As a potential antibiotic target and antigenic determinants, structural characterization of the flagellum could be exploited for the design of novel therapeutics. In addition, understanding the flagellum at the molecular level will facilitate its exploitation for the development of new drug delivery systems. Through collaborations with the Sheffield Science Gateway, we will develop collaborations with pharmaceutical companies that could lead to new antibiotics and drug delivery systems.

National Health Services:
Antibiotic resistance it a global health challenge, and a major priority for the NIH. It also poses a significant economic burden on health services. In particular, multi-drug resistant Pseudomonas infections in hospital environments are increasing, and the flagellum is directly involved in these infections. By providing potential new avenues for the development of antibacterial drugs, this project will contribute to helping the NHS in its mission to improve the health and wellbeing of patients and communities.

Sheffield and the North Yorkshire:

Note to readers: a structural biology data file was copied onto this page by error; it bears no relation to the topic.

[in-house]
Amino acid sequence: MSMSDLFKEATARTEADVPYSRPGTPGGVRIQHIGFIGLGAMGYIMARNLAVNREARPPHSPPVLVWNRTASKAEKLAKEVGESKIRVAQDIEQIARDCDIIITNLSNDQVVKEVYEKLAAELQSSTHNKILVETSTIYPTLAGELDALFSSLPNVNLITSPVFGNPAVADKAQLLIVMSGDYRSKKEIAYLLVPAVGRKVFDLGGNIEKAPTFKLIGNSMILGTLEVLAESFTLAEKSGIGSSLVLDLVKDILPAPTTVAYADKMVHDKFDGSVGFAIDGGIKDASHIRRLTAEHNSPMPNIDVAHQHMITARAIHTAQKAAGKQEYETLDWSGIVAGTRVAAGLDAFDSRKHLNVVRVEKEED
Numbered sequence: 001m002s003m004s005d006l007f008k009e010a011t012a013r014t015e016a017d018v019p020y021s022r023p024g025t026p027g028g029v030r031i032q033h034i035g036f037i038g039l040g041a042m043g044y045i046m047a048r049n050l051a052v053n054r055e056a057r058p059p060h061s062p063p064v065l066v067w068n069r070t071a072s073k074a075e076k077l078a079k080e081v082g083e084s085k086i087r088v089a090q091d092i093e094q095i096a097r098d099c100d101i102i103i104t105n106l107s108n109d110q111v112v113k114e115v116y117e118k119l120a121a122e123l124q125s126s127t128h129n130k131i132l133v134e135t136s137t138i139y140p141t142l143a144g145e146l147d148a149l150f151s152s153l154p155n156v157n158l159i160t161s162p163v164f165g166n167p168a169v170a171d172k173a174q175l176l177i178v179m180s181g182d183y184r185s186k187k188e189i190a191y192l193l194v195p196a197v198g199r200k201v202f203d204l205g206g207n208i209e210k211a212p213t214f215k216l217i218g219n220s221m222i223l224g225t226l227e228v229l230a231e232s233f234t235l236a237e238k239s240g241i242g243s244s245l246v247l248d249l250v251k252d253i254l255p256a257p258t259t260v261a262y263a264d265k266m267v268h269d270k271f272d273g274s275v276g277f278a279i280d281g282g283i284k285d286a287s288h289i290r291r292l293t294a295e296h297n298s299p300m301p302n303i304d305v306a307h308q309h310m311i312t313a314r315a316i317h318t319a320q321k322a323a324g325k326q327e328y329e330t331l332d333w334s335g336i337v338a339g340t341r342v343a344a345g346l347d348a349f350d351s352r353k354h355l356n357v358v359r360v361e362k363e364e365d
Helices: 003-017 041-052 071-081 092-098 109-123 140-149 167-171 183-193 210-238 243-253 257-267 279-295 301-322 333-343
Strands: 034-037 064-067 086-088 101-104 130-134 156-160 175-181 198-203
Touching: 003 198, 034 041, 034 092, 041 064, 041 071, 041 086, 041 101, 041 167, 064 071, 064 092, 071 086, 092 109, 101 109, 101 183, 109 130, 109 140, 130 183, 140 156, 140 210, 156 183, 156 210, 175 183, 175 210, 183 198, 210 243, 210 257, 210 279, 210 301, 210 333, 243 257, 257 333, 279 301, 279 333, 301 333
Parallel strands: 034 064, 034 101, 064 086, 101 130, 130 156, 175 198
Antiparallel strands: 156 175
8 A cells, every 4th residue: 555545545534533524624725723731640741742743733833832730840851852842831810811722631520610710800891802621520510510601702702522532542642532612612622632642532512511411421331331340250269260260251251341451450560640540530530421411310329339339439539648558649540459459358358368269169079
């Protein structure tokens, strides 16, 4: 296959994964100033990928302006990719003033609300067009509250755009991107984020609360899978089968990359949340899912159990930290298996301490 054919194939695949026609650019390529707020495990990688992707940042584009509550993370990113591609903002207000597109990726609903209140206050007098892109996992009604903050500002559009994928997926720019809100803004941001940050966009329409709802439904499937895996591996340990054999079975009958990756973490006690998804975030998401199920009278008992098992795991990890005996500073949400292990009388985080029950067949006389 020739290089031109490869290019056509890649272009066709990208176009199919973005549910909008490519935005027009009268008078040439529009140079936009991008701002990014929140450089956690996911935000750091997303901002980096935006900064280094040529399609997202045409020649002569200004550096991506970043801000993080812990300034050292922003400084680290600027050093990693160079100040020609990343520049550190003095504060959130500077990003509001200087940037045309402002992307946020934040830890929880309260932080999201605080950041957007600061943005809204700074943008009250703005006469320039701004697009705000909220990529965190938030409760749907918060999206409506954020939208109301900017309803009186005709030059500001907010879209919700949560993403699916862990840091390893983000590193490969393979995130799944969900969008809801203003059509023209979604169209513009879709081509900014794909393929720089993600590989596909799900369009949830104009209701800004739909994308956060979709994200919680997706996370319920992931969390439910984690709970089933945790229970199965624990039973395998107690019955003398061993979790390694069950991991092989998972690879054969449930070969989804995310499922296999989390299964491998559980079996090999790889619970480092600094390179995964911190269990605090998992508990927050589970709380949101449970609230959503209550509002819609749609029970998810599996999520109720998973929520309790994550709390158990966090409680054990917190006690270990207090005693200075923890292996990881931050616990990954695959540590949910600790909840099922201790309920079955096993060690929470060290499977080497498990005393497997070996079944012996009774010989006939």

One of the major cause for antibiotic resistance is the over-consumption of antibiotics. Raising awareness of this problem among the general public is essential in the fight against excess antibiotics prescription. The outreach activities associated with this project will contribute to raise awareness of this important issue in the communities at Sheffield and the region.

Students and staff at the University of Sheffield:
The flagellum is a visually impressive nano-machine, and will enhance the teaching experience for undergraduate students. In addition, a number of undergraduate and postgraduate students will benefit from being involved with the project, and acquire cutting-edge structural biology techniques. Finally, the PDRA associated with the project will receive many opportunities for scientific training, and well as for acquiring transferable skills.